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Funko
25-05-2005, 13:37:01
So, I just used the new version of faxyourmp.com to write to our new MP to express my concern about the reintroduction of the ID card scheme. He's a Tory so hopefully they'll be voting against it anyway even if it's just to try and smack down the government rather than because of an ideological difference but you never know.

I'll try and remember to let you know what he says anyway.

http://www.writetothem.com/

Drekkus
25-05-2005, 13:39:21
Ahhh, funko ies part of ze re siestance

Venom
25-05-2005, 13:40:55
The Revolution is now.

Gary
25-05-2005, 15:12:19
Very nice, but I have my MP's email address. In fact he was keen to keep emailing me until recently when I asked to be taken off his list.

I have a 'nice' photo of him taking the ritual meaningless pledge of allegiance to the monarch.

But I was thinking of contacting him again about this issue. Not that it'll make a blind bit of difference, he'll vote how his new leader and the whips tell him, no doubt.

zmama
25-05-2005, 15:13:19
Viva la


and so on :)

Funko
25-05-2005, 15:14:58
Originally posted by Gary
Very nice, but I have my MP's email address. In fact he was keen to keep emailing me until recently when I asked to be taken off his list.

I have a 'nice' photo of him taking the ritual meaningless pledge of allegiance to the monarch.

But I was thinking of contacting him again about this issue. Not that it'll make a blind bit of difference, he'll vote how his new leader and the whips tell him, no doubt.

I've got a new MP so I don't have their e-mail yet.

You might as well e-mail them.

Vincent
25-05-2005, 16:38:03
obviously for people who don't even know their postcodes

Funko
25-05-2005, 16:38:43
Shiny and LadyRachel?

Lurker the Second
25-05-2005, 16:45:15
Hey, Vincent made a post!

zmama
25-05-2005, 16:52:23
Who?

Cruddy
25-05-2005, 17:52:55
Originally posted by Gary


I have a 'nice' photo of him taking the ritual meaningless pledge of allegiance to the monarch.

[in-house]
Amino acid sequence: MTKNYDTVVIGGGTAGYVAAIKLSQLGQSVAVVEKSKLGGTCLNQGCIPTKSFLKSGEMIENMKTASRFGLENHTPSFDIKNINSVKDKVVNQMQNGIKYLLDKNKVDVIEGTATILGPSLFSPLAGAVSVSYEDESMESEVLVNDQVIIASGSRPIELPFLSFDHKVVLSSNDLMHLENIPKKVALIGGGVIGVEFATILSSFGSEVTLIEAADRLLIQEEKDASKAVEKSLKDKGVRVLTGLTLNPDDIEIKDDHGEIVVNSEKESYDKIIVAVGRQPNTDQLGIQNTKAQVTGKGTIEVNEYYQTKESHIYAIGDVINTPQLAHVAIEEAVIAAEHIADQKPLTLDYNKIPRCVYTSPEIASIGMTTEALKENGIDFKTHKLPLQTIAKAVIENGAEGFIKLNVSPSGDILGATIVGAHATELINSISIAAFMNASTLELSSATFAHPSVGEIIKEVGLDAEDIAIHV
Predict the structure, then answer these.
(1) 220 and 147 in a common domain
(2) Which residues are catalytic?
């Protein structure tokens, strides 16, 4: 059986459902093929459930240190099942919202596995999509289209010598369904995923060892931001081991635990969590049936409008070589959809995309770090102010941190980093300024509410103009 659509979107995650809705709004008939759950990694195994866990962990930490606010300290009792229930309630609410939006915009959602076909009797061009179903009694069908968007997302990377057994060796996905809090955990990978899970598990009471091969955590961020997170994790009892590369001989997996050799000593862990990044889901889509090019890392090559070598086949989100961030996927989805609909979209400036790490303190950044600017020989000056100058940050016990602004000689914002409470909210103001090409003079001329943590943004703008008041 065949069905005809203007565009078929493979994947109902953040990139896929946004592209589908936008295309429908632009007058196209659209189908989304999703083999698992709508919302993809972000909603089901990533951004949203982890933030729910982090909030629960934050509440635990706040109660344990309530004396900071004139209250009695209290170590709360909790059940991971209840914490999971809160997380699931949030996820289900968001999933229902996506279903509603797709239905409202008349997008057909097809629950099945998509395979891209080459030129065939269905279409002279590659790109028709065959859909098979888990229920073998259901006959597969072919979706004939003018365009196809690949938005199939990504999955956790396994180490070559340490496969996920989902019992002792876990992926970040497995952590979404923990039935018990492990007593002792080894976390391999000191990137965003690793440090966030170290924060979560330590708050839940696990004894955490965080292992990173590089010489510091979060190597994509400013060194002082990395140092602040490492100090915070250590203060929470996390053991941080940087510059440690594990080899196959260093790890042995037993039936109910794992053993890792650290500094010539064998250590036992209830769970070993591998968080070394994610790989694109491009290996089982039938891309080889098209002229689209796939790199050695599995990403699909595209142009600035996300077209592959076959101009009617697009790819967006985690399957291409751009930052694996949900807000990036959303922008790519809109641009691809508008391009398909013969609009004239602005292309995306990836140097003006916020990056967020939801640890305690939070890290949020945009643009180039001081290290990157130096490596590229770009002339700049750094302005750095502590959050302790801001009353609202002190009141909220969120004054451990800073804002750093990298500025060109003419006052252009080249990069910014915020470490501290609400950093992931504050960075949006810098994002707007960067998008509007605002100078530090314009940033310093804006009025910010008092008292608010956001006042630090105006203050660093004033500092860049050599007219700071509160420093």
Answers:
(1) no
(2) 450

Do they have their fingers crossed behind their backs?

Provost Harrison
25-05-2005, 18:46:22
They are estimating they will cost 93 a shot. What a fucking disgusting waste of money for a card that will help how exactly? Too right I am going to write to my MP!

The Norks
25-05-2005, 19:23:14
I feel very conflicted. I don't believe in the intrusion into rights, but equally I would like everyone to be dna'ed at birth. Imagine that- a crime is comitted and no investigation takes place because the dna reveals the criminal immediately. We could save a ton of money on the now redundant police force!!!!!!

Gary
25-05-2005, 20:11:17
Even in that horrific Orwelian scenario, you don't really reveal the culprit since often you can't be sure it's the culprit's DNA that you have, and in any case it would only narrow it down to a handful of folk in the country. And then, even if you were sure, you still have to catch them.

Spartak
25-05-2005, 21:10:50
I didn't think I should post from work.

I'm coinflicted too because on the one hand it erodes civil liberties but on the other you will need to give up your biometrics for the new passports so its hardly a stretch to use the same information that the state is already holding on you for ID cards anyway.

The Norks
25-05-2005, 21:33:17
Originally posted by Gary
Even in that horrific Orwelian scenario, you don't really reveal the culprit since often you can't be sure it's the culprit's DNA that you have, and in any case it would only narrow it down to a handful of folk in the country. And then, even if you were sure, you still have to catch them.

people get all freaky about it but essentially if everyone was eye scanned etc at birth there would be almost a zero rate of people getting away with crimes, and the innocent would be far better off. The only people who benefit from the current system are the criminals. Look at rape as an example: only 5% of reported rapes end in a conviction. In my estimation, this means more than 95% of rapists get away with it (once you take into account the unreported rapes). That means that any of you could go out commit a rape and walk away knowing its almost certain that you won't be caught.

The Norks
25-05-2005, 21:33:54
I dont advocate it being used to track people btw, just for anti-criminal purposes

Gary
25-05-2005, 21:52:44
Once it's gathered it'll be used however those in power want to use it. And no one will be able to put the genie back in the bottle.

The passport thing just goes to show how insidious the process is. If you've done that, and have accepted it, then IMO you're already too far down the slippery slope.

Spartak
25-05-2005, 21:55:30
There isn't much choice about the passports. The US will shortly refuse at accept anyone under their visa waiver programme unless they possess a biometric passport.

Gary
25-05-2005, 22:01:53
Unfortunate, but not a big problem.

Spartak
25-05-2005, 22:05:23
Its a major problem for anyone wanting to go to the USA and eventually the ICAO standards will require all passports to be biometric so there is no point trying to hold back the tide.

Funko
26-05-2005, 09:25:23
Originally posted by The Norks
I feel very conflicted. I don't believe in the intrusion into rights, but equally I would like everyone to be dna'ed at birth. Imagine that- a crime is comitted and no investigation takes place because the dna reveals the criminal immediately. We could save a ton of money on the now redundant police force!!!!!!

Terrifying.